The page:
Is Your Landscaping Making Your Home a Target for Criminals?

 In security tips

There are books, blogs, videos and television shows dedicated to helping homeowners improve landscaping on their property. They offer information to increase beauty, curb appeal, value and privacy. However, not all landscaping choices are wise when it comes to preventing property crimes, home invasions and burglaries. Like predators who use their environment to camouflage intent and reach their prey, some landscaping elements are inviting to criminals who want to ply their trade while evading discovery or capture.

Ornamental Evergreens, Grasses and Shrubs

New landscaping includes small plants that landscapers advise will grow to fill in empty spaces purposely left in planting beds. However, the planting areas should not fill in to provide cover for criminals who are intent on approaching the house and gaining entry. Plants continue to grow season after season and require regular maintenance to control growth. Small clumps of ornamental pampas grasses can spread to fill in large areas in a single season. Shrubs grow tall and wide, often blocking an open view of windows and doorways. Trimming evergreens and shrubs and planting grasses in buried containers prevent overgrowth.

Rubber and Wood Chip Mulch Is Too Quiet

Soft mulch muffles footsteps. Pea gravel is like an outdoor alarm system. The distinctive crunch of footsteps is easy to hear when someone is walking over it. Every little bit helps in deterring criminal activity. Gravel and other stone mulches still offer weed control and moisture retention for plants, but they also provide a built-in noise factor as a deterrent. Criminals take notice of the tiniest details when choosing a target, so it makes sense that homeowners should too.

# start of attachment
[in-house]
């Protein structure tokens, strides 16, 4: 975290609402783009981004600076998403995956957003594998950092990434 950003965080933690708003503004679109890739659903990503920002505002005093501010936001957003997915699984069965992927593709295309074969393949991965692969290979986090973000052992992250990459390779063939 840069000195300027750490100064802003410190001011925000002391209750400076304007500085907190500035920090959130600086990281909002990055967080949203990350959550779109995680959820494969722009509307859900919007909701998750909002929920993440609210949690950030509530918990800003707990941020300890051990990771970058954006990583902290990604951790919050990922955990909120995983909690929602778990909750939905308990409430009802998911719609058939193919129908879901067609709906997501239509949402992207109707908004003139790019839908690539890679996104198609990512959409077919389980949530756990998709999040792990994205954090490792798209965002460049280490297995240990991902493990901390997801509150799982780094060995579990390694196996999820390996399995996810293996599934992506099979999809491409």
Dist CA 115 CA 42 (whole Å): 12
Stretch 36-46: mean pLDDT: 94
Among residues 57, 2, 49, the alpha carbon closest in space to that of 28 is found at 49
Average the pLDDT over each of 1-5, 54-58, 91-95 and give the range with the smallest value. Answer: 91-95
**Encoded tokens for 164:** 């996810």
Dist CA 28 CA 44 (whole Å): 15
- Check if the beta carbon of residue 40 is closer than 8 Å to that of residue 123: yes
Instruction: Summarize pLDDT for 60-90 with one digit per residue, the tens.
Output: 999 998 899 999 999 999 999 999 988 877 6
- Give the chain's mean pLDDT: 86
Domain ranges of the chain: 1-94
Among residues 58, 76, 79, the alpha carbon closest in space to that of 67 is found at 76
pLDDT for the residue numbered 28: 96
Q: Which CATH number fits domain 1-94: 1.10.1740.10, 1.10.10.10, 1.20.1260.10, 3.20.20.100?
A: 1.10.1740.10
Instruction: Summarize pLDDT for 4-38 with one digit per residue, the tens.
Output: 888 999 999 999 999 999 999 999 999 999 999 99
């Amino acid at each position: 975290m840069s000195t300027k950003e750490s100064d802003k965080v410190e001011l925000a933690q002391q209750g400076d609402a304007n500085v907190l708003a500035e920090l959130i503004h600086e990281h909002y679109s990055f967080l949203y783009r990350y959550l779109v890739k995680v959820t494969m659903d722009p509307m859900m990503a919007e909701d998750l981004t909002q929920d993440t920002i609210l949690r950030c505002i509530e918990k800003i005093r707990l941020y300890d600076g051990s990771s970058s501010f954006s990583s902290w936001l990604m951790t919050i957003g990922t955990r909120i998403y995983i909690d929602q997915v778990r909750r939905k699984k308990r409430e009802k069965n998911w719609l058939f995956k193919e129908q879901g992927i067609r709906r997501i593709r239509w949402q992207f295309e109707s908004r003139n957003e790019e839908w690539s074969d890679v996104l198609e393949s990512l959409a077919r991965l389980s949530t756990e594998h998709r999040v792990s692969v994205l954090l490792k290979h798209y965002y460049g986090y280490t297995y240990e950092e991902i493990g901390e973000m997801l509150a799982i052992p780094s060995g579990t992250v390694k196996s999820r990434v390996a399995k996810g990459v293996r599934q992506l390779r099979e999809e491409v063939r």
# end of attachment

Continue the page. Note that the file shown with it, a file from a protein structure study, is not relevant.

Inefficient Outdoor Lighting

Outdoor lighting should be composed of two elements: low-voltage lighting and flood lights. Low-voltage lighting that remains lit from dusk to dawn should be used to accentuate landscape features as well as provide security lighting for those navigating sidewalks in the dark. Flood lights connected to timed motion-detector sensors should stand ready to illuminate areas criminals are likely to use for hiding or to make an approach. However, many homes have low-voltage lighting that is improperly placed or not well maintained. Lights connected to motion sensors are also often not properly aimed or have burned out bulbs. Homeowners should also be certain that replacement bulbs are flood lamps and not spot lamps to illuminate the widest area possible.

Lawn Maintenance, Newspapers and Packages

Lawns of otherwise well-maintained homes that are not mowed are a signal to burglars that the home’s occupants are likely on vacation.. Most homeowners make arrangements to keep the grass cut and temporarily halt newspaper and mail delivery while on vacation. However, a little known trick criminals use is to monitor daily patterns of when newspapers and package deliveries are brought inside. These items routinely left out during the day are a sign to criminals that the occupants are likely away at work or school during the day.

The best thing homeowners can do is to take a look at their property and family routines through the eyes of someone who might like to gain entry to commit any sort of crime. This type of focused and critical viewpoint will reveal many easily correctable things that will help a home be safer against targeting for intrusion. The best safety measures for altering landscapes often cost little if any money. They just need some adjustment of routines and a little bit of landscape maintenance to make a home less desirable as a target for those with criminal intent.

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